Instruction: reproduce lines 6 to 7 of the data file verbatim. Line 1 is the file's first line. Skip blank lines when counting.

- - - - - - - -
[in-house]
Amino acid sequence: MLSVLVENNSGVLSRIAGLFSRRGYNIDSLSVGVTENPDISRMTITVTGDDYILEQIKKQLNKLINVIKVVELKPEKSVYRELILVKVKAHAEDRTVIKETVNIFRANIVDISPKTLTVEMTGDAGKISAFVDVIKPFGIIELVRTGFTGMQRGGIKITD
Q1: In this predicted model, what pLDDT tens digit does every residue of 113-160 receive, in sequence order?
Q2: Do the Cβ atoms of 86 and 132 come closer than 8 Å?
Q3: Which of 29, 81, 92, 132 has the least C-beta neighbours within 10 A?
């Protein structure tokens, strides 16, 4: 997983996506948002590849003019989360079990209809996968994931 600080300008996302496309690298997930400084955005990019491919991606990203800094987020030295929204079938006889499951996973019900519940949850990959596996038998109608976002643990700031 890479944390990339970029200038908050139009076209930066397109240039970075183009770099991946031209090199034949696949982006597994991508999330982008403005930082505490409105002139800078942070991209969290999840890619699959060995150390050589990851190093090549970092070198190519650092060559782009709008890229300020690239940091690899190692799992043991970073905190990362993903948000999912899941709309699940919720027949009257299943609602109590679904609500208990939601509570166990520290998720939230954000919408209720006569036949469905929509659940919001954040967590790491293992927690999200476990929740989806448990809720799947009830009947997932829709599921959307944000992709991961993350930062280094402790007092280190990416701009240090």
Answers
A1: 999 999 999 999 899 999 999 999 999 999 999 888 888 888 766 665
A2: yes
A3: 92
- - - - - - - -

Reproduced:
């Protein structure tokens, strides 16, 4: 997983996506948002590849003019989360079990209809996968994931 600080300008996302496309690298997930400084955005990019491919991606990203800094987020030295929204079938006889499951996973019900519940949850990959596996038998109608976002643990700031 890479944390990339970029200038908050139009076209930066397109240039970075183009770099991946031209090199034949696949982006597994991508999330982008403005930082505490409105002139800078942070991209969290999840890619699959060995150390050589990851190093090549970092070198190519650092060559782009709008890229300020690239940091690899190692799992043991970073905190990362993903948000999912899941709309699940919720027949009257299943609602109590679904609500208990939601509570166990520290998720939230954000919408209720006569036949469905929509659940919001954040967590790491293992927690999200476990929740989806448990809720799947009830009947997932829709599921959307944000992709991961993350930062280094402790007092280190990416701009240090």
Answers